FIG. 3 shows the temperature-dependent coefficients of friction of the samples 1, 2, and 4, and FIG. 4 shows the temperature-dependent wear rates of the samples 1, 2, and 4. As seen from FIGS. 3 and 4, the coefficients of friction and the wear rates of the samples 1, 2 according to the present invention are lower than those of the sample 4 which is prepared by a conventional process.

The samples 1, 2, 3, and 4 were subjected to a thermal cycle test in which they were cyclically heated and cooled between room temperature and 400 C., to see whether the coated layers were peeled off or not. The samples 1, 2, 3, and 4 were also tested for coated layer thickness uniformity. The results of these tests are shown in FIG. 5.

FIG. 5 clearly indicates that the coated layer of conventionally prepared sample 3 was peeled off the base when it was heated to 300 C., and the thickness of the coated layer of sample 4 was irregular, whereas the coated layers of the samples 1, 2 were intimately bonded to the bases and had a uniform thickness.

FIG. 6 schematically shows an apparatus for applying a coated layer to a cylindrical inner wall surface such as the inner wall surface of an engine cylinder sleeve, for example.

Two pressers 12 are pressed against an inner wall surface of a cylindrical base 11 under the resilient forces of springs 13 acting between the pressers 12. The pressers 12 are rotatable by and about shafts 14. Therefore, when the shafts 14 are rotated by a motor or the like (not shown) coupled thereto, the pressers 12 are rotated while being slidably held against the inner wall surface of the base 11. The apparatus shown in FIG. 6 is placed in a heating furnace (not shown) similar to the heating furnace 7 shown in FIG. 1.

The apparatus illustrated in FIG. 6 operates as follows: After a powder mass 15 of a fluoride is placed on the inner wall surface of the base 11 the shafts 14 are rotated and the interior space of the heating furnace is heated up to 800 C. The powder mass 15 is now spread all over the inner wall surface of the base 11 by the pressers 12 and thermally reacts with the base 11, producing a coated layer having the same composition as the sample 1 or 2, for example, on the inner wall surface of the base 11.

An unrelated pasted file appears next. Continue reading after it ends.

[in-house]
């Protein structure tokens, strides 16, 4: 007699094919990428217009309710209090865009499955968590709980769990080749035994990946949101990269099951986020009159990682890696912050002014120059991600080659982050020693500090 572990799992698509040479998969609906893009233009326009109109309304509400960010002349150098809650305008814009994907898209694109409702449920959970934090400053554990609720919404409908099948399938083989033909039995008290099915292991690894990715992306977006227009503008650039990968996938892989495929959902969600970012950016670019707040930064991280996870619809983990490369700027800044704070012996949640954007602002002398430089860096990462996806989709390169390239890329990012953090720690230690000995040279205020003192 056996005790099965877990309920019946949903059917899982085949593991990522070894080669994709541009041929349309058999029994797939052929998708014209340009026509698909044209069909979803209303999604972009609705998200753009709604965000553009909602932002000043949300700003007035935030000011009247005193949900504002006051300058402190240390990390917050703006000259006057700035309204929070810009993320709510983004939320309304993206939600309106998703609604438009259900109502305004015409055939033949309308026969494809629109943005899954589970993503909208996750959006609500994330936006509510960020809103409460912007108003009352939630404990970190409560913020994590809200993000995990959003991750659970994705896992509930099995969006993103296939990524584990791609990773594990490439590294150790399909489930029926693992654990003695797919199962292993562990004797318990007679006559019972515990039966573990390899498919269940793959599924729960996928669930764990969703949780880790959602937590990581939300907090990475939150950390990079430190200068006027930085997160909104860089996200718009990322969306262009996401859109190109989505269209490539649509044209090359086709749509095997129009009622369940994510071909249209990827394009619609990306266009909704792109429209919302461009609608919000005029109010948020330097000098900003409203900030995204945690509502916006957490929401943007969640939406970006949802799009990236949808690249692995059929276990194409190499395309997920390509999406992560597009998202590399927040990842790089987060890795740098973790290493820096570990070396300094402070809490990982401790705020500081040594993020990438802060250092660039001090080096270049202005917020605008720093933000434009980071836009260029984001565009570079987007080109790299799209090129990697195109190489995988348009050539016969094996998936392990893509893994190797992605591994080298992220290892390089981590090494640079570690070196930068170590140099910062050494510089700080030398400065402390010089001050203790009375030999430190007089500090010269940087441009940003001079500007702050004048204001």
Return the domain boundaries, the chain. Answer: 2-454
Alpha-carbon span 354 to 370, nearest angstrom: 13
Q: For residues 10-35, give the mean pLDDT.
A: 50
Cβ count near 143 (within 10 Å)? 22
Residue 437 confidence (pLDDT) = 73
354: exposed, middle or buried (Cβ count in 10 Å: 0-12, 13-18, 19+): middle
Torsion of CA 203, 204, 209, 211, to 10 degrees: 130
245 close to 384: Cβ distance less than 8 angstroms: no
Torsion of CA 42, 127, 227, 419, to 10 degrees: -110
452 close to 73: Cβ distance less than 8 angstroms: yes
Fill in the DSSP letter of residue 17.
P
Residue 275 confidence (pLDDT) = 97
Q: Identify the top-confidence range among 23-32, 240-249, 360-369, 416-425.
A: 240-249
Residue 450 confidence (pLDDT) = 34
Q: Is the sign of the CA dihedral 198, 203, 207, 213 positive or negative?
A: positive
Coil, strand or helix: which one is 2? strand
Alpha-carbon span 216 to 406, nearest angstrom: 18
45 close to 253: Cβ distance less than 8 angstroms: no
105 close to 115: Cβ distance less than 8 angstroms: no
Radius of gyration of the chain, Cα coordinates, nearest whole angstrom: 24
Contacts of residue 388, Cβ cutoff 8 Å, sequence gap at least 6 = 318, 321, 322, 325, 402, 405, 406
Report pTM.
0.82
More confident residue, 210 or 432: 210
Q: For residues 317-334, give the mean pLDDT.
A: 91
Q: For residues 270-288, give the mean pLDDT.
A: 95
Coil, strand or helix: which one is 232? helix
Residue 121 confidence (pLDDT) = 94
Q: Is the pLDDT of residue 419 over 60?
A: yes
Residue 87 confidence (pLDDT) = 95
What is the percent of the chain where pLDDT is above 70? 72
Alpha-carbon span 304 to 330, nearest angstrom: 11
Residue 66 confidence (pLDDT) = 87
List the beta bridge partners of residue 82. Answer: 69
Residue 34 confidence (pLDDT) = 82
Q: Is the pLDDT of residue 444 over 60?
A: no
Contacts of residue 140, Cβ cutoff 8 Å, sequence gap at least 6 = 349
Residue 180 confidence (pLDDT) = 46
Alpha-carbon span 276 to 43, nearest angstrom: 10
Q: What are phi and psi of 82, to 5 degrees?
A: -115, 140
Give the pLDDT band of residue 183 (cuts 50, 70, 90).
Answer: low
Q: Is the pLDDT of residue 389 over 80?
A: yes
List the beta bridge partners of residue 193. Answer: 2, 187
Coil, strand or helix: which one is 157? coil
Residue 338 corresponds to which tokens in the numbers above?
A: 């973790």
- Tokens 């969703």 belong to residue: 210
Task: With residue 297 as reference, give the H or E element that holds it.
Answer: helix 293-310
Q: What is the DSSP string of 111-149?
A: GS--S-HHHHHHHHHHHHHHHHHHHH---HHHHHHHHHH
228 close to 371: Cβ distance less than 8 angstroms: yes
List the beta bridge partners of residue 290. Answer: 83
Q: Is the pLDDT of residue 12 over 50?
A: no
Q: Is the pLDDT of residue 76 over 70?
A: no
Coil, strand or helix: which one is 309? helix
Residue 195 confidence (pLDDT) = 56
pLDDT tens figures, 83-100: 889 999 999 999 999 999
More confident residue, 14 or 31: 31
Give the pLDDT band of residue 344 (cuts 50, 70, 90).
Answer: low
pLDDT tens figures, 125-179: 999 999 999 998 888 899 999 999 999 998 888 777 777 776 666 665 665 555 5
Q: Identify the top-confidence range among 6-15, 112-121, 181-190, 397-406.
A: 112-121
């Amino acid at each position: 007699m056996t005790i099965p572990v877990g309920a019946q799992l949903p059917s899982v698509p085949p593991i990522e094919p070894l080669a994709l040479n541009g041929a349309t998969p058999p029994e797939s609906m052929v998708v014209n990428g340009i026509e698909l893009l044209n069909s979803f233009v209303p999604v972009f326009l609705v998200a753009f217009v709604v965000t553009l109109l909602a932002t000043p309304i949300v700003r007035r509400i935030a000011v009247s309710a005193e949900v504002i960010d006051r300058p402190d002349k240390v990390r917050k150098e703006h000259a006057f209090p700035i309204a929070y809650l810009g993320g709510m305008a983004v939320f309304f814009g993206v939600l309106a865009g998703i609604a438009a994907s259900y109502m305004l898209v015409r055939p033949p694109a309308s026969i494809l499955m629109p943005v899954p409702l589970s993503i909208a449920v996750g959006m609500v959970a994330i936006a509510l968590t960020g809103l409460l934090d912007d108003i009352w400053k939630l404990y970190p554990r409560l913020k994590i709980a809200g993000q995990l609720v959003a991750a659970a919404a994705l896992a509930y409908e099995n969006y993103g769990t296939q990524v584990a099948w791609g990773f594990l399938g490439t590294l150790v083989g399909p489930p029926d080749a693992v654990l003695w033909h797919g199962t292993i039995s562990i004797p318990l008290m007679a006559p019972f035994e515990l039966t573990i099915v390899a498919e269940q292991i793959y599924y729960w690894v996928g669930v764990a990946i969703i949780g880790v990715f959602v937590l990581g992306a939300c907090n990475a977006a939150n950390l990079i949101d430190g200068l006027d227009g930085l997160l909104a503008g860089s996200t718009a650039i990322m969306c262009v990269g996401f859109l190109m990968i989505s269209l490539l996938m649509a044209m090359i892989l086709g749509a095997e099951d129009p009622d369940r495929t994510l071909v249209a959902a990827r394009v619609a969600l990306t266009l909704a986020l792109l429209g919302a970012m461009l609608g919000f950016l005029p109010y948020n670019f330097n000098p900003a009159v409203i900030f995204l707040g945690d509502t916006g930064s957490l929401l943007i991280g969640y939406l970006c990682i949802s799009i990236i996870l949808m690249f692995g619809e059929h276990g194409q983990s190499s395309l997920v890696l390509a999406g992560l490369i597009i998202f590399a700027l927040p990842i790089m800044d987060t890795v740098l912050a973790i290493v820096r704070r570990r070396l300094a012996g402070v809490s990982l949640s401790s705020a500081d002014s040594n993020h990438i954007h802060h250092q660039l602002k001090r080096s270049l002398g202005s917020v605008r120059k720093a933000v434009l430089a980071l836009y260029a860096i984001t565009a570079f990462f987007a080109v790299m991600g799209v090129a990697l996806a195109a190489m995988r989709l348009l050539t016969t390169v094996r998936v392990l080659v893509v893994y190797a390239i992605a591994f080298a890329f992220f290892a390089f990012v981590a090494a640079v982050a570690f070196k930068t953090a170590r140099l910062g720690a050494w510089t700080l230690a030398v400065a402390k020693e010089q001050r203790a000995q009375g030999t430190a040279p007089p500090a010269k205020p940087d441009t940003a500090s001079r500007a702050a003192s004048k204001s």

Another manufacturing process will be described below. The cylindrical base 11 is placed in an evacuated heating furnace 20, and an ion beam 21 composed of ions of at least one of the elements belonging to the group IIa of the periodic table is applied to the sliding surface of the base. The applied ions are then implanted into base. Thereafter, the base is heated up to 800 C. and an oxygen gas (O2) is introduced into the evacuated heating furnace. The element which has been applied to the sliding surface of the base and implanted into the base, such as calcium (Ca), and silicon (Si) which is one of the constituent elements of the base are caused to react with the introduced oxygen (O), thereby forming a compound of Ca-Si-O.

In the above description, the base is heated to 800 C. in the heating furnace. However, the inventor has confirmed that the ceramic material of the base and the fluoride of the coated layer start to react with each other above 700 C. and do not react with each other below 700 C.

Although certain preferred embodiments have been shown and described, it should be understood that many changes and modifications may be made therein without departing from the scope of the appended claims.

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Classifications
U.S. Classification427/527, 427/531, 427/397.7, 427/530
International ClassificationF16J10/04, C04B41/87, F02F7/00, C04B41/85, C04B41/50
Cooperative ClassificationC04B2111/00353, C04B41/5024, F16C33/043, F02F7/0087, C04B41/85, C04B41/009
European ClassificationC04B41/00V, F02F7/00G1, C04B41/85, C04B41/50N, F16C33/04C
Legal Events
DateCodeEventDescription
Sep 22, 1998FPExpired due to failure to pay maintenance fee
Effective date: 19980628
Jun 28, 1998LAPSLapse for failure to pay maintenance fees
Jun 6, 1995CCCertificate of correction
Mar 14, 1995CCCertificate of correction